Jews have always been a varied collection of individuals. So it is not surprising that some are more credulous than others, some prefer a rational Judaism and others a mystical. I am just constantly surprised how people who run their business and professional lives with expertise, seem so willing to sacrifice all logic when faced with a crisis, and turn to soothsayers, tarot card readers, and rabbis who tell you that all bad things can be traced to a defective mezuzah, or that reciting a formula or changing a name will avert the catastrophe. If only it were that easy and obvious everyone would be religious!
I will concede that a person’s frame of mind can make a tremendous difference to his will to overcome challenges. These placebos may have such an affect. But we are taught that a direct line to the Almighty is the true response to a crisis. It helps us cope. It is one thing to turn to a greater or holier person for inspiration. But it is a failure of one’s humanity to expect them to perform miracles for us.
In days gone by, people they explained the irrational in life as the work of spirits, evil eyes, curses, or the wheel of fortune. They saw astrology as a tool to explain the way God intervenes in the world, rather than as a system in competition with the Divine. They realized there were external influences such as gravity and natural phenomena. They just wanted to know how they could control it all. We graduated to seeking scientific information. Yet still there is so much that escapes us. That is why we still cling to magic.
Superstition is the belief that totally illogical, random actions cause bad things to happen. As well, acts of equal randomness can be antidotes. Such an idea flies in the face of numerous Biblical and post-Biblical texts. The magician Bilaam, who was invited to curse the Israelites, ended up blessing them and declared that “Jacob is not subject to magic and Israel is not influenced by sorcery” (Numbers 23). My father always used to tell us children that if we were frightened of anything we only had to say the “Shema”. That would be our hotline to God, and that was the only protection we would need.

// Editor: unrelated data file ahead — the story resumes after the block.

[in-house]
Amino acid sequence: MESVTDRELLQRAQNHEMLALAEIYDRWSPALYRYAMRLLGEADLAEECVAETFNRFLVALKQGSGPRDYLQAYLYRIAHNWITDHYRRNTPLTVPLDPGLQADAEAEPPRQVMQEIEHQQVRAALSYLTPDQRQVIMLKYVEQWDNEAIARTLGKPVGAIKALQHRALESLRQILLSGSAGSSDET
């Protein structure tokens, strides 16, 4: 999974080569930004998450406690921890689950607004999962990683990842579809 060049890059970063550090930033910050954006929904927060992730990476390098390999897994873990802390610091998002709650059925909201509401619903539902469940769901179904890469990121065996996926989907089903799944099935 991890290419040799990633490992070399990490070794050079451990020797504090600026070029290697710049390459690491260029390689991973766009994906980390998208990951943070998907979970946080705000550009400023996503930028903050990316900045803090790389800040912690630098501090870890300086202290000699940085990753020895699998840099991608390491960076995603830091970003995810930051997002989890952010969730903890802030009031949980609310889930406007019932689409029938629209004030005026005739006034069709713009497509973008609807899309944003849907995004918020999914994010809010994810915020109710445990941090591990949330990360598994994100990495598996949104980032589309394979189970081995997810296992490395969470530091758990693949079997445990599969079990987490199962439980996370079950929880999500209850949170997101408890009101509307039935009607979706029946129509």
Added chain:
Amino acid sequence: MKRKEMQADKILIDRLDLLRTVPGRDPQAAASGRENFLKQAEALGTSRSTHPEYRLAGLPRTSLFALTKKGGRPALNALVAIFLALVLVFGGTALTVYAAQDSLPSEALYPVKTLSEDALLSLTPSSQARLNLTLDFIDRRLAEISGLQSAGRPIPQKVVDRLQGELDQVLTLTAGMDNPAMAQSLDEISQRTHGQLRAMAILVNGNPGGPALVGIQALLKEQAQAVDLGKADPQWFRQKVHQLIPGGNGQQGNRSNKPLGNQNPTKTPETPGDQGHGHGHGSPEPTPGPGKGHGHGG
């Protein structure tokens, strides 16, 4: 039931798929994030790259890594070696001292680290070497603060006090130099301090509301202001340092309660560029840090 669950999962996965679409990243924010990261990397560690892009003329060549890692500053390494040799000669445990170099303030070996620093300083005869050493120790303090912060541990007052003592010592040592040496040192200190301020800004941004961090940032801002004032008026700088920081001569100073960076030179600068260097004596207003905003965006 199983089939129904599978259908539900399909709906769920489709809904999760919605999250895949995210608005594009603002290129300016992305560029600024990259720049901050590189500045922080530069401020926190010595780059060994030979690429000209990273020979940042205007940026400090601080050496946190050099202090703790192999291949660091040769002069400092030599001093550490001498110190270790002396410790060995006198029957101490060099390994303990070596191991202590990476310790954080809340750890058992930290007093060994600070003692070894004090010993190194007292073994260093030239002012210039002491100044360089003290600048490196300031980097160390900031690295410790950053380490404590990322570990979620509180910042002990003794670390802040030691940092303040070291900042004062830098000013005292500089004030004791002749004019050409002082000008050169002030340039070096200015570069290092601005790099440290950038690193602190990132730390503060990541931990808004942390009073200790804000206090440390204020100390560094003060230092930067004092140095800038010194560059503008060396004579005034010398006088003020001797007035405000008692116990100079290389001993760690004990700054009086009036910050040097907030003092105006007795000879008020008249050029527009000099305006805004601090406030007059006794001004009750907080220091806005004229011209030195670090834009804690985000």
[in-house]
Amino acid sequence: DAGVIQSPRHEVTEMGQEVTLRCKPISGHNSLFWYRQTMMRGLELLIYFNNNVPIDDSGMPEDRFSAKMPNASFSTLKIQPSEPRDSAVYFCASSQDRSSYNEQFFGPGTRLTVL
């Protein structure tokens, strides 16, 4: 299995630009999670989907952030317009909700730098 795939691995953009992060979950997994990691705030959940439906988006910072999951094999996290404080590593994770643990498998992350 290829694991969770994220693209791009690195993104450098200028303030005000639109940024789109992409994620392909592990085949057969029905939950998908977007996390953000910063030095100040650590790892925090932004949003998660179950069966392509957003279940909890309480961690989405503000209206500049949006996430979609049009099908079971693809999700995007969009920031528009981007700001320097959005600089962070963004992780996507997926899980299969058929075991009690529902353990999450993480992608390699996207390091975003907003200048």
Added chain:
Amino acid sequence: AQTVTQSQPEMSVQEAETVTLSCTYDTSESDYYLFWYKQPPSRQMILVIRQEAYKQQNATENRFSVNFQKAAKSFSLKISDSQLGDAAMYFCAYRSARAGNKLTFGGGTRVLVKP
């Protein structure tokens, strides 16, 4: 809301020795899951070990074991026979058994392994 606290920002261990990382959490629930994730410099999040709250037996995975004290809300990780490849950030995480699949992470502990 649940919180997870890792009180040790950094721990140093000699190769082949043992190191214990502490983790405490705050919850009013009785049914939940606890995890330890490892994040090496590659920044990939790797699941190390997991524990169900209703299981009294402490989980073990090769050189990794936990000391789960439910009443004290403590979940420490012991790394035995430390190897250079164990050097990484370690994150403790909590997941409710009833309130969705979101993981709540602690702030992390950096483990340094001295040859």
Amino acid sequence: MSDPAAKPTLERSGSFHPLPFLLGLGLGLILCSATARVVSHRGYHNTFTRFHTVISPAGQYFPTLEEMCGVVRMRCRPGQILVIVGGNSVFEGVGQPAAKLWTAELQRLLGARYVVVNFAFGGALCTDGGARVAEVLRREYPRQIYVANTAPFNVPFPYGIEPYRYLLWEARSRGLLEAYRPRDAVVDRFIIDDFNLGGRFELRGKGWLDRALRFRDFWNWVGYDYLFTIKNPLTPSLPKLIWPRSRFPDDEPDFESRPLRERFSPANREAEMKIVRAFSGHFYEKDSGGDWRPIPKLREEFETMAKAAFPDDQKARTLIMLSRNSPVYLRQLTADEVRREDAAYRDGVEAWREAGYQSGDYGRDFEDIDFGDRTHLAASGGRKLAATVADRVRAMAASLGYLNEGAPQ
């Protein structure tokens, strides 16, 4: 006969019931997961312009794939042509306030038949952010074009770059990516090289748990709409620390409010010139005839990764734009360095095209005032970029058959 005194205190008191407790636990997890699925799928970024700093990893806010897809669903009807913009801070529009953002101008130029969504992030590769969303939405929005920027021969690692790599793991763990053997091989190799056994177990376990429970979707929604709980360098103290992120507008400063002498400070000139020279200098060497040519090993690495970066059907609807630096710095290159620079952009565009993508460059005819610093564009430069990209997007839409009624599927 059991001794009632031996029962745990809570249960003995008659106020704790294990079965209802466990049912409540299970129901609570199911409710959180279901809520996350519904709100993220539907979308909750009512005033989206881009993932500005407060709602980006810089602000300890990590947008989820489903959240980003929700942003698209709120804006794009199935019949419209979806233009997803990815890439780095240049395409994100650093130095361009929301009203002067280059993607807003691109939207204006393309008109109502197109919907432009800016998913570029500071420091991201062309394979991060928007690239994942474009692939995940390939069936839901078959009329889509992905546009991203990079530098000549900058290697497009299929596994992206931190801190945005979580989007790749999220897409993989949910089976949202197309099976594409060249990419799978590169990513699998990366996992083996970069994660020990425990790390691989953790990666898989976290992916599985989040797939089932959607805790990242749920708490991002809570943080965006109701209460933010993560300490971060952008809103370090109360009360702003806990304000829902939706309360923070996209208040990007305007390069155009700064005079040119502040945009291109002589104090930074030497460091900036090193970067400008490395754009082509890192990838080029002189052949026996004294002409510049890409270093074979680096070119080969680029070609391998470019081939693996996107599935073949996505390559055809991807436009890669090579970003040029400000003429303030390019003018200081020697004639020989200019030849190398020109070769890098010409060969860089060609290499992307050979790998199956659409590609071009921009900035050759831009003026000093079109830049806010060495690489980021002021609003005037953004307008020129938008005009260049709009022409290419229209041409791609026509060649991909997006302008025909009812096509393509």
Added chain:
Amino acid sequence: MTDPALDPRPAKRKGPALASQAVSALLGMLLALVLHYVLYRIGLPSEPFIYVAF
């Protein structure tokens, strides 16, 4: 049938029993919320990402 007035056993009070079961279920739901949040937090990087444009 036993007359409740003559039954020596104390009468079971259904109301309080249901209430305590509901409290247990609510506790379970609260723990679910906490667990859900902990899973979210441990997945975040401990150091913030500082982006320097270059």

So today when we wish each other Mazal Tov, what can that mean? The rabbis argued about whether Mazal applied to God-fearing Jews (Shabbat 156a and b). Overwhelmingly, they decided it did not. Good deeds and charity were the only response. But there were no guarantees. Death and sickness were and are inevitable. So is the human capacity for inflicting evil. “The world functions according to its own rules” says the Talmud. When we wish someone Mazal Tov we express the hope that their lives will be as free of pain and suffering as possible, not that random actions can save us. But then, as they say, there are no atheists in a war zone, so I guess there is no logic when one is desperate. I just wish all that wasted money would go instead to people or institutions that really deserve it!
About the Author: Jeremy Rosen is an Orthodox rabbi, author, and lecturer, and the congregational rabbi of the Persian Jewish Center of New York. He is best known for advocating an approach to Jewish life that is open to the benefits of modernity and tolerant of individual variations while remaining committed to halacha (Jewish law). His articles and weekly column appear in publications in several countries, including the Jewish Telegraph and the London Jewish News, and he often comments on religious issues on the BBC.